Planning a Diet with Diabetes
Planning a Diet with Diabetes
Although there is no definitive diet for diabetes, there are certain foods that should be avoided and other super-foods that can be sought out that will help the body to work more efficiently, while also keeping blood sugar levels in check. A person with diabetes does not necessarily need to feel restricted in what they eat, although it is certainly a good idea to maintain healthy eating habits.1
When it comes to monitoring and maintaining blood sugar levels, it is important to consider carbohydrates most prominently. Out of fats, proteins, and carbohydrates, it is the carbs that will play the most important role, although the others should not be ignored. Remember that every single person is different, so it may be worth speaking to a dietician or other healthcare provider. These are some general rules of thumb that will help you to maintain a healthier lifestyle that will help you to manage diabetes better.
A person with diabetes should strive to maintain the ABCs of diabetes. A stands for the A1c test which measures the average blood sugar levels over a quarter of a year. This helps to provide an accurate generalization of how well the diabetes is being managed, and also provides insight as to what changes should be made. B stands for the blood pressure, and C for cholesterol.2 By taking steps to keep these three aspects of health at their appropriate levels, a person can often keep symptoms at bay.
A person with diabetes will usually not have any exceptional dietary restrictions, although it is certainly important to speak to a doctor about eating habits. Some people may have dietary restrictions, but there are no specific diets for diabetes.3 For this reason, it is usually most appropriate to simply strive for a healthy diet the same as anyone without diabetes would.
Some basic tips for maintaining a diet that promotes healthy living with diabetes are to eat lots of fruits and vegetables and to avoid starchy vegetables, sticking with veggies like carrots, broccoli, spinach, and other greens. Eat lean meats whenever possible and try to incorporate fish into the meal plan 2-3 times a week. Vegetarians can get protein by eating beans, nuts, tofu, tempeh, seitan, quinoa, and even just by taking protein supplements.4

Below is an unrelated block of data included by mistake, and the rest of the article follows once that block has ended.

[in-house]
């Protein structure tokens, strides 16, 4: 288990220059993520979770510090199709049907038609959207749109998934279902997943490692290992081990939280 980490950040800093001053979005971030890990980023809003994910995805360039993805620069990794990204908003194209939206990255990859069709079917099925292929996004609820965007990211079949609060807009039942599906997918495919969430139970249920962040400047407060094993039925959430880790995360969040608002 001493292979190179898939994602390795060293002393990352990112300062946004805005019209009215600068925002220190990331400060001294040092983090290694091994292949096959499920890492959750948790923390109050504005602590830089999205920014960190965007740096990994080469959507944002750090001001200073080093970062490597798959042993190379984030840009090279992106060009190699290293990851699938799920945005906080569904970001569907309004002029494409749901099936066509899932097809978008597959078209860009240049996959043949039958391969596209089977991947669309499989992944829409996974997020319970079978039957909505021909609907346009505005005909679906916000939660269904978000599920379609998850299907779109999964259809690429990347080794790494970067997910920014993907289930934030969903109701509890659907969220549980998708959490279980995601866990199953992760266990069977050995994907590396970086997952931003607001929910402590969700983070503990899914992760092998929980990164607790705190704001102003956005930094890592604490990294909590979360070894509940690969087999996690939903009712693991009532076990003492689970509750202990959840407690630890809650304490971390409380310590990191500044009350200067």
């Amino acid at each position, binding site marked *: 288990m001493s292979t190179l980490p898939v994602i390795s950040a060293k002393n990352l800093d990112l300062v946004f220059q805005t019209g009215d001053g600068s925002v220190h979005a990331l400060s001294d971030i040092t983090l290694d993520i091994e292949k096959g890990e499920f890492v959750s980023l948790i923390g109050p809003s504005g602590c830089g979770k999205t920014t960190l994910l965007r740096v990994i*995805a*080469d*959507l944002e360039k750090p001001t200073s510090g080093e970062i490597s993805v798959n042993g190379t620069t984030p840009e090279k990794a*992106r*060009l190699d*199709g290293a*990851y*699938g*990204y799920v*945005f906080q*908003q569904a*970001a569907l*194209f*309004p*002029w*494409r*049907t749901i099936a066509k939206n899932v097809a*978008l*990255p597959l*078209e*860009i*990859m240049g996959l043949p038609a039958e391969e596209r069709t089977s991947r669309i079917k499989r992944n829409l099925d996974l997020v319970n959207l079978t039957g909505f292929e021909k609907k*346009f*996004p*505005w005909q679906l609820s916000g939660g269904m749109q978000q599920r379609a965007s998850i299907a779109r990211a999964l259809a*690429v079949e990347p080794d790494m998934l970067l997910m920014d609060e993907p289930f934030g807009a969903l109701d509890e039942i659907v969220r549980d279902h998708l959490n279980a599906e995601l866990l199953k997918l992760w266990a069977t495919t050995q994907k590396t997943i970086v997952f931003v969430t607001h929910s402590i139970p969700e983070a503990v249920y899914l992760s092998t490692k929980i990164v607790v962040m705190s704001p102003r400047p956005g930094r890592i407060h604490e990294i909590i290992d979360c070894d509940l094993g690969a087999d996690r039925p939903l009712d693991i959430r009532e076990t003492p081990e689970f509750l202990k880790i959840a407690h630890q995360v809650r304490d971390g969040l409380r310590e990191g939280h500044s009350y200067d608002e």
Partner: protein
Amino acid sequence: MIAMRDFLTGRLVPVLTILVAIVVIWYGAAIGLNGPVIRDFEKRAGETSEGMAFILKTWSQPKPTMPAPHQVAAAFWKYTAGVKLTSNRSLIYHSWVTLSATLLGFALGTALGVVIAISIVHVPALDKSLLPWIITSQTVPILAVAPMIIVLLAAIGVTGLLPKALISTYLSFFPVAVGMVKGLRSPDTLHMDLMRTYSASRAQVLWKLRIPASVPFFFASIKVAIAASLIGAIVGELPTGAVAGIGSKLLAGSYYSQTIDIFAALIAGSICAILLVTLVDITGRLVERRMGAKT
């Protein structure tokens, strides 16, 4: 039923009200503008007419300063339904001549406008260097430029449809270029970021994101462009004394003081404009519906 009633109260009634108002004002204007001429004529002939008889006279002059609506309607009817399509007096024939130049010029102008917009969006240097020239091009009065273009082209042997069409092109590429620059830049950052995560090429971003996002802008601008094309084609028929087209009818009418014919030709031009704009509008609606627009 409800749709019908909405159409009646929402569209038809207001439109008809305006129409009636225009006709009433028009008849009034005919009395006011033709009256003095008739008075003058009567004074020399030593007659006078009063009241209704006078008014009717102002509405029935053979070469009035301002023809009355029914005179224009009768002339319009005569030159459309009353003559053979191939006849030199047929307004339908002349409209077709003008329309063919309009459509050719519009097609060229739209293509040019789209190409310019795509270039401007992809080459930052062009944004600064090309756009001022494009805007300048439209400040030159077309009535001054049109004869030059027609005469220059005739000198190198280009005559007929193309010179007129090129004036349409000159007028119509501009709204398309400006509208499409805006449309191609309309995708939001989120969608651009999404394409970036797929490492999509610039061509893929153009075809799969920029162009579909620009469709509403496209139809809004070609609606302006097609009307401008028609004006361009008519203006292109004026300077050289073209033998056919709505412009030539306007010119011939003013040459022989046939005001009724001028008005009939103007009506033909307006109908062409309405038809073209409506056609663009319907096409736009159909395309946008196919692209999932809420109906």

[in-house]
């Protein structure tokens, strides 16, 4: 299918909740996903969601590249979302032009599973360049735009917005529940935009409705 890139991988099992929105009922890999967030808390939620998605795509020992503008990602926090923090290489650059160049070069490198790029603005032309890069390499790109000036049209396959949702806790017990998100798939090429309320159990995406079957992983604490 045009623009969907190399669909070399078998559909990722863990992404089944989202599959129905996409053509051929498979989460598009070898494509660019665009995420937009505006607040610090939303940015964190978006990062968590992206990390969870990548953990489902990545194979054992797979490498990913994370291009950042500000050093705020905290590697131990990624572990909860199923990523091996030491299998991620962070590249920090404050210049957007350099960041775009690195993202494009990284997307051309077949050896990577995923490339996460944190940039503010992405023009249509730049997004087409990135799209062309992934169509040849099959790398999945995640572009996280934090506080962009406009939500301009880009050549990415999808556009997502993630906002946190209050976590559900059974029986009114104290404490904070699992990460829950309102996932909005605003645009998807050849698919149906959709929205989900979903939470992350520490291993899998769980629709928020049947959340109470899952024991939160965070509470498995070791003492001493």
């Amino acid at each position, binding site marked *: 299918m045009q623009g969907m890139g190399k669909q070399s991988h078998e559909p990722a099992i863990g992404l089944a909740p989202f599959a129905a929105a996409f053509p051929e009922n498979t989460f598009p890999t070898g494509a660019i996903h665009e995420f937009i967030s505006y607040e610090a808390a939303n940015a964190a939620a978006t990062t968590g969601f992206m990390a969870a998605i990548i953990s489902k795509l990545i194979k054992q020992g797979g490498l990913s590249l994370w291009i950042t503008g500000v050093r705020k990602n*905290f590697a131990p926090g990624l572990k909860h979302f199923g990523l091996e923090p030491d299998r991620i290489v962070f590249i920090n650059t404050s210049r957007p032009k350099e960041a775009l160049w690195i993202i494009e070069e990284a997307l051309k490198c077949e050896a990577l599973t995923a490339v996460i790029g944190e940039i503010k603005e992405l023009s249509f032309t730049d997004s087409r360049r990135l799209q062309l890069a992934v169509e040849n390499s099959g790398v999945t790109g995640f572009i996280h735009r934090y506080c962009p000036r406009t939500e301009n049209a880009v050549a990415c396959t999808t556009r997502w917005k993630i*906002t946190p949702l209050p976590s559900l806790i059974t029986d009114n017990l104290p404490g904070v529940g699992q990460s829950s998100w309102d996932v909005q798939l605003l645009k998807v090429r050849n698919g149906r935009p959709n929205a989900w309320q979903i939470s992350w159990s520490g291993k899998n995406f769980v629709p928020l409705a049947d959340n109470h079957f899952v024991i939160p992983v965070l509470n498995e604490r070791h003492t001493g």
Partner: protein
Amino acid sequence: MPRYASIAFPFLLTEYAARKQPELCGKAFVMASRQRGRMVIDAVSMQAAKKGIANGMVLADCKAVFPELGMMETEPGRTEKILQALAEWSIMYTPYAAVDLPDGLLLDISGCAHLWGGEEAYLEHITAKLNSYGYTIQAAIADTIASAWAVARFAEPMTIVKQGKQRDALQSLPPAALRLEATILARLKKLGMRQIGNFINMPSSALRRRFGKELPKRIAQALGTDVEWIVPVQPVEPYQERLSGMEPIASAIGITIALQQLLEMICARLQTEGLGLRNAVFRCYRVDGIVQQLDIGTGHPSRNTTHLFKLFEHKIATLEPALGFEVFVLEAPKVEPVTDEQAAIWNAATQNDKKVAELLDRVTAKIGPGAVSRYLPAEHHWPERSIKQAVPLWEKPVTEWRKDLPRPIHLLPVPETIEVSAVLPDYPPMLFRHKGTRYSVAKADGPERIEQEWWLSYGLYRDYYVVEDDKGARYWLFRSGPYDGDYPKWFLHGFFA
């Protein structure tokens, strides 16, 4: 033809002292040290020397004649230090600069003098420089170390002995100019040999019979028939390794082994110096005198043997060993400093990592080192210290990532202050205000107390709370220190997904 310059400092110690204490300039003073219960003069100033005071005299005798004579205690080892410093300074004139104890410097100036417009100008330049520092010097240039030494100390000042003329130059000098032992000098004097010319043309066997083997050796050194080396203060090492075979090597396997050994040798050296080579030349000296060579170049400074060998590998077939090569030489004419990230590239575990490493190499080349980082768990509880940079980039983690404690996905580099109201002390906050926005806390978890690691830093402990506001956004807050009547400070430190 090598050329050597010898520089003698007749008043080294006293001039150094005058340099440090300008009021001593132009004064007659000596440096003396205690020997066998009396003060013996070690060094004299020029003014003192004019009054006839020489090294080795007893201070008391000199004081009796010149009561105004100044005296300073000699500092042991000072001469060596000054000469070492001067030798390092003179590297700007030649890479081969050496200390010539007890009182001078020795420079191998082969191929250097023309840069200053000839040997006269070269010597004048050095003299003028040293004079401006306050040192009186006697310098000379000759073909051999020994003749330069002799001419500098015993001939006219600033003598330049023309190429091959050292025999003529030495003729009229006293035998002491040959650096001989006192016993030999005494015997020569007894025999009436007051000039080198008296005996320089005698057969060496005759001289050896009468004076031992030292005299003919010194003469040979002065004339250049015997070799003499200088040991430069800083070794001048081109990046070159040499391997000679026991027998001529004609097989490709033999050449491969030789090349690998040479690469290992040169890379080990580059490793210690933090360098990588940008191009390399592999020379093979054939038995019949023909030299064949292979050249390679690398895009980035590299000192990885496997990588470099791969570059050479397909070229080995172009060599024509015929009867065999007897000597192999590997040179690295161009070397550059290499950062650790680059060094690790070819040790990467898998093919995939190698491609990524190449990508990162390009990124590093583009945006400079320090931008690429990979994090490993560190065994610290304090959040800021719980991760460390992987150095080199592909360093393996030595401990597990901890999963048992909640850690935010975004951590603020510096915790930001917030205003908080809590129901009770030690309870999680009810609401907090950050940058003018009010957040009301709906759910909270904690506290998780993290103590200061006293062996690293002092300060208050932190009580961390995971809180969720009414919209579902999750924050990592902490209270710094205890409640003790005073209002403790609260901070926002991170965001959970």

Of course, when it comes to healthy eating, it is not just about what you eat; it is about what you don't eat. Avoid sweetened drinks whenever possible, in favor of water, unsweetened tea, coffee, or calorie-free diet soft drinks when necessary. Avoid solid fats whenever possible. Using liquid oils for cooking is ideal for avoiding trans fats and saturated fats which can worsen diabetes.5 In general, eating unprocessed, low-fat, and low-sugar foods can make a difference.
Although coping with diabetes can have its share of struggles, it is still possible to enjoy a delicious meal with your loved ones. Eating balanced, healthy meals is one of the simplest ways to achieve overall wellness.
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(1) - http://diabetes.webmd.com/guide/diabetes-diet-healthy-diet-basics
(2) - http://ndep.nih.gov/i-have-diabetes/KnowYourABCs.aspx
(3) - http://www.diabeticlivingonline.com/expert-qa/dietary-restrictions/
(4) - http://vegetarian.about.com/od/healthnutrition/tp/protein.htm
(5) - http://www.diabetes.org/food-and-fitness/food/what-can-i-eat/making-healthy-food-choices.html